Wednesday, December 19, 2007

Back in Business

Oops! I've had this slip for a dozen years and I had never overshot it before.

It had been four months since the last time I had approached my slip. That was Aug. 4, the day my 39-year-old Albin two-cylinder gasoline engine broke its innards and had to be put to rest. That incident was the first time I had entered my slip under sail. I did it single-handed and it went perfectly.

Since then I had worked out of state for three months and then installed a new Tohatsu 9.8 hp outboard to replace the Albin. The outboard promised to be nearly as easy to use as the inboard, since it was mounted on a hydraulic mount on the transom and had remote control and electric start operated from the cockpit.

It was December 6. Christmas lights were strung fore and aft from my masthead, forming the outlines of imaginary sails. The real sails, however, were furled and snugly covered in Royal Blue Sunbrella. The genoa sheets were securely coiled and hanked at the bow. The coiled mainsheet hung from a cleat at the back of the cockpit.

During the hour and a half I motored at low throttle settings, it did occur to me that I was placing supreme confidence in a brand new engine. Not just in Tohatsu's quality control, either. I also was relying on the quality of my installation including control cables, electrical connections an a custom fuel system to feed the engine from the inboard fuel tank. I had previously run the new engine a total of 1.2 hours while tied up in the slip. And prudence dictated having the standard Tohatsu fuel tank and hose at the ready in the cockpit.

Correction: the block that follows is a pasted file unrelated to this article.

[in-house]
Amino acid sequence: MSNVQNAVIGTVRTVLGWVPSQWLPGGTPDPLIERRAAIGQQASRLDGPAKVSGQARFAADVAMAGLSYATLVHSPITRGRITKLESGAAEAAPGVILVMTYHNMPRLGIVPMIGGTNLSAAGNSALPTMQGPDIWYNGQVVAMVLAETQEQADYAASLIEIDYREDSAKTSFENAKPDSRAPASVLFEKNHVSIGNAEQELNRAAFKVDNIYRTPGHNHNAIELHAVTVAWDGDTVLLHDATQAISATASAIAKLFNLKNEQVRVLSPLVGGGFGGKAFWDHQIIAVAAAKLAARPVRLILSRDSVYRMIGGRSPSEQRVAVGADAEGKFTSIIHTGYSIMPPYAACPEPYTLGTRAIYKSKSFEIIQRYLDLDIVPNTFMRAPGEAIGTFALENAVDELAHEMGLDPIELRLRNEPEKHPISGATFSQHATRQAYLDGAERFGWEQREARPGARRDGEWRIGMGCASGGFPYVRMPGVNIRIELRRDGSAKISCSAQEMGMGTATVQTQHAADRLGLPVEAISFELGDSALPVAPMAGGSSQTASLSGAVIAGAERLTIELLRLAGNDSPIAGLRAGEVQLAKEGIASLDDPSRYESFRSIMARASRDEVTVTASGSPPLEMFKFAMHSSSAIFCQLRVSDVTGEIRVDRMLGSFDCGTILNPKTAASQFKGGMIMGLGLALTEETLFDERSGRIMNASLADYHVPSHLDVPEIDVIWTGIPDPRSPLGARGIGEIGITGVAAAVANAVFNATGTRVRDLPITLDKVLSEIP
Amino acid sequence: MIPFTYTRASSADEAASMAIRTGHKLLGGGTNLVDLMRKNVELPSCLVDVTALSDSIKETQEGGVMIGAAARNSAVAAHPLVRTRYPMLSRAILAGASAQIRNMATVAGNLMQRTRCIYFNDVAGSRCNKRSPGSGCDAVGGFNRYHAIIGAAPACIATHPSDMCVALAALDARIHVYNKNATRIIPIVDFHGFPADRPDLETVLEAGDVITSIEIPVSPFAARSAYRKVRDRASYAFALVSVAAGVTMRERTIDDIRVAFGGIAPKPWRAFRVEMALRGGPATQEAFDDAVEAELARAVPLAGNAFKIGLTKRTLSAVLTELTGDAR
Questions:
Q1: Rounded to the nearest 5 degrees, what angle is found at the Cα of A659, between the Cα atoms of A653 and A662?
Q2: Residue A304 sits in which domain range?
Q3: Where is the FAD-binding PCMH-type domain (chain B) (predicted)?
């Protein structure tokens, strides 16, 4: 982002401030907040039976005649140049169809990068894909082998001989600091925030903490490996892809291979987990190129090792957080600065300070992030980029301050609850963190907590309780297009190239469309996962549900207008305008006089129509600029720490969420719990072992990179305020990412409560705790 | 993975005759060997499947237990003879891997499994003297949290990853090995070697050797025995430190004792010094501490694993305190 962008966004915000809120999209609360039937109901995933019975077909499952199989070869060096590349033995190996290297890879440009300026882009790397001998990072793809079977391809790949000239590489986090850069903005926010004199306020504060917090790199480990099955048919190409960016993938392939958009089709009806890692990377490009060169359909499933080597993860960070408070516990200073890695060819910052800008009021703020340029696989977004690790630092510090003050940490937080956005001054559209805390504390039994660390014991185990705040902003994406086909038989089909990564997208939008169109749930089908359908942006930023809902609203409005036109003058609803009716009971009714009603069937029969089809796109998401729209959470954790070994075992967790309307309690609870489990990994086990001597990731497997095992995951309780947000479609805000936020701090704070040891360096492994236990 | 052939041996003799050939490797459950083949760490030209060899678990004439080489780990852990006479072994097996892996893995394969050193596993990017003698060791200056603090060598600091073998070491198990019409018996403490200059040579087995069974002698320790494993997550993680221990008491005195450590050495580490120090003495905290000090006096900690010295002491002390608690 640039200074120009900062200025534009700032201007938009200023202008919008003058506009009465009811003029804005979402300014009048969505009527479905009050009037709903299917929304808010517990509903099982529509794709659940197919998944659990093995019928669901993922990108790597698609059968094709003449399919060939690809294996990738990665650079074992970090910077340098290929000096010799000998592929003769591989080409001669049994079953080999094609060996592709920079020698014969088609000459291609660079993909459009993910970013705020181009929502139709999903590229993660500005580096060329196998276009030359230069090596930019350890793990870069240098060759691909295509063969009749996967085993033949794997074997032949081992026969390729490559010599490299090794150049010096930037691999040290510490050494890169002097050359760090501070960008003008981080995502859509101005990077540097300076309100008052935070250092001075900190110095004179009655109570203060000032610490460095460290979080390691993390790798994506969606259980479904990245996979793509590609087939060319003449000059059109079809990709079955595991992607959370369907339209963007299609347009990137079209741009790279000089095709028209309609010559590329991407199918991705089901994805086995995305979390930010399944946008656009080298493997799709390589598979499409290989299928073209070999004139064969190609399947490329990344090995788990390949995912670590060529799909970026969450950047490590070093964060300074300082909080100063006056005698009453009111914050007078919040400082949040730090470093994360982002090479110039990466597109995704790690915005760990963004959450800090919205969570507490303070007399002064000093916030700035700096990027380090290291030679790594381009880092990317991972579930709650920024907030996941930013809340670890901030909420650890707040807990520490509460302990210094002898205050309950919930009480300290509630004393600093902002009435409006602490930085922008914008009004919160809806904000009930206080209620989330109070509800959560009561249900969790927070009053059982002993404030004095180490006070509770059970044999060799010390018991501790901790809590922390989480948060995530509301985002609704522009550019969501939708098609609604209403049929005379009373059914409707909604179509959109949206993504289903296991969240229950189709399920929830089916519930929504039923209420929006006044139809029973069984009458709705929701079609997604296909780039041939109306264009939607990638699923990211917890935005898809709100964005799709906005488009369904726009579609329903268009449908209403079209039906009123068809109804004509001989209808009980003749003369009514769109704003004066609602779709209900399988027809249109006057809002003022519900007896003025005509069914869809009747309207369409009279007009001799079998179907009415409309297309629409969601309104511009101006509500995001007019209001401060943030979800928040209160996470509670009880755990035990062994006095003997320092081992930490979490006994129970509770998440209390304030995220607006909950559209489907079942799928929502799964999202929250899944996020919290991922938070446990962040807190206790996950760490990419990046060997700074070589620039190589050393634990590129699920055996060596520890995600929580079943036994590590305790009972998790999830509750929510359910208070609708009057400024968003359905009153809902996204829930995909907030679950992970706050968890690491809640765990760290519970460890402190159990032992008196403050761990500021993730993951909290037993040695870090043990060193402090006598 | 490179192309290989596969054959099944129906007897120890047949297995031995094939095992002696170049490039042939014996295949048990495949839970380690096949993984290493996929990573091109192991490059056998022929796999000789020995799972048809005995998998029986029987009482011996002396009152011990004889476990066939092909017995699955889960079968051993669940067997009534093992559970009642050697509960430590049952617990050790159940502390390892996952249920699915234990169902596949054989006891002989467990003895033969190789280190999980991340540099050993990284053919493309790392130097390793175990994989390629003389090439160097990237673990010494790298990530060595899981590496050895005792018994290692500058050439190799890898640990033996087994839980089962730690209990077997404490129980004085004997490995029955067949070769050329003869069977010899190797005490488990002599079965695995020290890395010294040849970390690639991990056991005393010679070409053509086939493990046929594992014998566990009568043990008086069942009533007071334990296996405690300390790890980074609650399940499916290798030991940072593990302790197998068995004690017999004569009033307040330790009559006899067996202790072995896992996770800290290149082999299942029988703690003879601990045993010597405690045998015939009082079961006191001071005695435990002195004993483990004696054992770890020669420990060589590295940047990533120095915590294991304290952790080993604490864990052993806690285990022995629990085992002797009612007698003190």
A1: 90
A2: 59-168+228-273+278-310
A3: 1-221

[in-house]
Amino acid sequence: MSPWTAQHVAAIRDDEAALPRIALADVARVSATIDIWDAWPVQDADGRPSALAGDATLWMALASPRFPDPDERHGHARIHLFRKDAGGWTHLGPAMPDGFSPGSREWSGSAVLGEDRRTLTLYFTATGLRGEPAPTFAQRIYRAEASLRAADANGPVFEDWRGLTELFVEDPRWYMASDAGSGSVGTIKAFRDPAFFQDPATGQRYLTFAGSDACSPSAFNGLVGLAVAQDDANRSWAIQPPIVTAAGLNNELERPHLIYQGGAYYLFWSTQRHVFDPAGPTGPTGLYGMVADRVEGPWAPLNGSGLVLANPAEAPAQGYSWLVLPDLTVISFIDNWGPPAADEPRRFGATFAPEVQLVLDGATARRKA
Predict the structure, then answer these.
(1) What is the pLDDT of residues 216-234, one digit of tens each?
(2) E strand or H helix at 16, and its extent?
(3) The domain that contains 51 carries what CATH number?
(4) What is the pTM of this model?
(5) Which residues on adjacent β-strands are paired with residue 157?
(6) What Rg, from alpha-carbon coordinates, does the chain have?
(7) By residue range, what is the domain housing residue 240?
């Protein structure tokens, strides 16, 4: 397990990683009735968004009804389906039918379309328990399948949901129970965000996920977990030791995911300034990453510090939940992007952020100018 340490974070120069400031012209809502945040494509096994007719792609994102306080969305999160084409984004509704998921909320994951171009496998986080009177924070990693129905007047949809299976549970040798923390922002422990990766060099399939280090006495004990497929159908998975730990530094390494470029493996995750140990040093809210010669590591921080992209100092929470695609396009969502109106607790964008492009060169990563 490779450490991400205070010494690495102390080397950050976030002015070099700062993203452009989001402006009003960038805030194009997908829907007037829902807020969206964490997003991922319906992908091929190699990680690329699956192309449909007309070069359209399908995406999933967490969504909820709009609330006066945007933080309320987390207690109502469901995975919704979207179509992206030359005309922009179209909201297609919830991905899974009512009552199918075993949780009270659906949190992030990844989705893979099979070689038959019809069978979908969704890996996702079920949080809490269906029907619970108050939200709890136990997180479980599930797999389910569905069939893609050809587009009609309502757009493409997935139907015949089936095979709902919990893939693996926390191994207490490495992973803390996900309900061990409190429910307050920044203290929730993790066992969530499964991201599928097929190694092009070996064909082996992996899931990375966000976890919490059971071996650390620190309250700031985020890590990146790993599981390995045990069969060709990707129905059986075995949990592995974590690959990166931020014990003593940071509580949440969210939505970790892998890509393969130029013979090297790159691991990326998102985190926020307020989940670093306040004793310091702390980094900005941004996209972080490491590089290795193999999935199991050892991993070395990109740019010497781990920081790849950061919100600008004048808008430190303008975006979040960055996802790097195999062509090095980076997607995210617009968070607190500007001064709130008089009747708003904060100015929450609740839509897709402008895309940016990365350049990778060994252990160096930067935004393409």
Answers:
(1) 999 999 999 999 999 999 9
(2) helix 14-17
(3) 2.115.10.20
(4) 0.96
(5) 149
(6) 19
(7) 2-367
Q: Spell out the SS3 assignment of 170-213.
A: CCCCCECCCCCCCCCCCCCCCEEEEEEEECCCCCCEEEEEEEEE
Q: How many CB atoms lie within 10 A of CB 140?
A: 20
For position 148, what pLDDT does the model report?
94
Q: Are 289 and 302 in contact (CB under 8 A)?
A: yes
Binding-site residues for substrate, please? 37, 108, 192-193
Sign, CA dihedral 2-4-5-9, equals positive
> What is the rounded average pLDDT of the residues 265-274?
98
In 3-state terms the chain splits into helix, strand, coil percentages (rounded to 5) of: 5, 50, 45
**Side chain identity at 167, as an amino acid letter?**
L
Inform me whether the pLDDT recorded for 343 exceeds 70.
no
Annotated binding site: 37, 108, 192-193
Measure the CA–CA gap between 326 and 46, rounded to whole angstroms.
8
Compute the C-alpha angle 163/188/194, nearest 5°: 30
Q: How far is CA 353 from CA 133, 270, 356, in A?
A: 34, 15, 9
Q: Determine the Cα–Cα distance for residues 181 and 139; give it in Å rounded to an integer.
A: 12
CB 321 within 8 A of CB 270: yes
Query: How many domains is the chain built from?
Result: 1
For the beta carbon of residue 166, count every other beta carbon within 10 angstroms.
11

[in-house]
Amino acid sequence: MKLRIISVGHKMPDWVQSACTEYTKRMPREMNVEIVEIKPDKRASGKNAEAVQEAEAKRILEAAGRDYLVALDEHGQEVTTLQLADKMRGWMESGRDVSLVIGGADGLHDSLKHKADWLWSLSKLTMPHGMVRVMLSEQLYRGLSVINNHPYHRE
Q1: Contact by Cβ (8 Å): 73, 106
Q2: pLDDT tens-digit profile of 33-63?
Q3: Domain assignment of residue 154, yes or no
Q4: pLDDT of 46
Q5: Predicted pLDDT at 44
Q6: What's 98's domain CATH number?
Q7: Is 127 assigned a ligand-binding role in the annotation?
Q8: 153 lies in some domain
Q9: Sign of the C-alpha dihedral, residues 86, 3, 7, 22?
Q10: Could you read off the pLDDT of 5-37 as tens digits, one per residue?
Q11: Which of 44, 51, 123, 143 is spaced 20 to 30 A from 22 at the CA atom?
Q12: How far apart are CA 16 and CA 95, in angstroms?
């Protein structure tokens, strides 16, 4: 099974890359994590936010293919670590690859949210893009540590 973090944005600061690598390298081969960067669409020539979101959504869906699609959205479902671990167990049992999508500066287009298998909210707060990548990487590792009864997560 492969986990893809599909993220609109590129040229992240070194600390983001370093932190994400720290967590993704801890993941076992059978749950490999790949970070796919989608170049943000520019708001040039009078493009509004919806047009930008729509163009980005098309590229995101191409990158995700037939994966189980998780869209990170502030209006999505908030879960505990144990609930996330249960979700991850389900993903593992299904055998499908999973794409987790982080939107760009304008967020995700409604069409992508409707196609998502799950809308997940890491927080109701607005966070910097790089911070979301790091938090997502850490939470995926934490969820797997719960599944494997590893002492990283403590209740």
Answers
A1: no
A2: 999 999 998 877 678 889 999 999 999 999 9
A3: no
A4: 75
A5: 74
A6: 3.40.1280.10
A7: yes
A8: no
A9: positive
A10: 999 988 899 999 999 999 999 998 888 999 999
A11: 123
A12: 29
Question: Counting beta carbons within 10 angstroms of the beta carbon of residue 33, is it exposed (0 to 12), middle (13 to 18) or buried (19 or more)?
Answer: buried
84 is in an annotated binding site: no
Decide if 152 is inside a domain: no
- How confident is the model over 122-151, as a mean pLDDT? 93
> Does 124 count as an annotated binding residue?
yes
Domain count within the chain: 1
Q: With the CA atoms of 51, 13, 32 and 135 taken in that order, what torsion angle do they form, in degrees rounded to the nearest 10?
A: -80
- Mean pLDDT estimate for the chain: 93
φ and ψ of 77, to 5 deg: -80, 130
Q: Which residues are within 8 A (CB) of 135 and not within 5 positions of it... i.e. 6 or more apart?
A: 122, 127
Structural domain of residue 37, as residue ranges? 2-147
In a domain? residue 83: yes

It wasn't engine failure that plagued me that afternoon, however. What failed was my judgement. Returning, I cut the power too soon heading down the channel to my slip. And I wasn't paying attention to the tide, which had just turned, flooding the basin with a discernible current. Too late to recover with throttle, I shoved the tiller over and hoped for the best.

I quickly saw that my turn wasn't going to carry me into my slip and ran forward to fend myself off my neighbor's stern, if it came to that. The boat seemed to slide sideways as much as it crept forward, but at last the bow was close enough to my dock finger for me to swing around from the pulpit and land on the wobbly planks. A couple more minutes of tugging and pushing had me tied securely in the slip. Whew!

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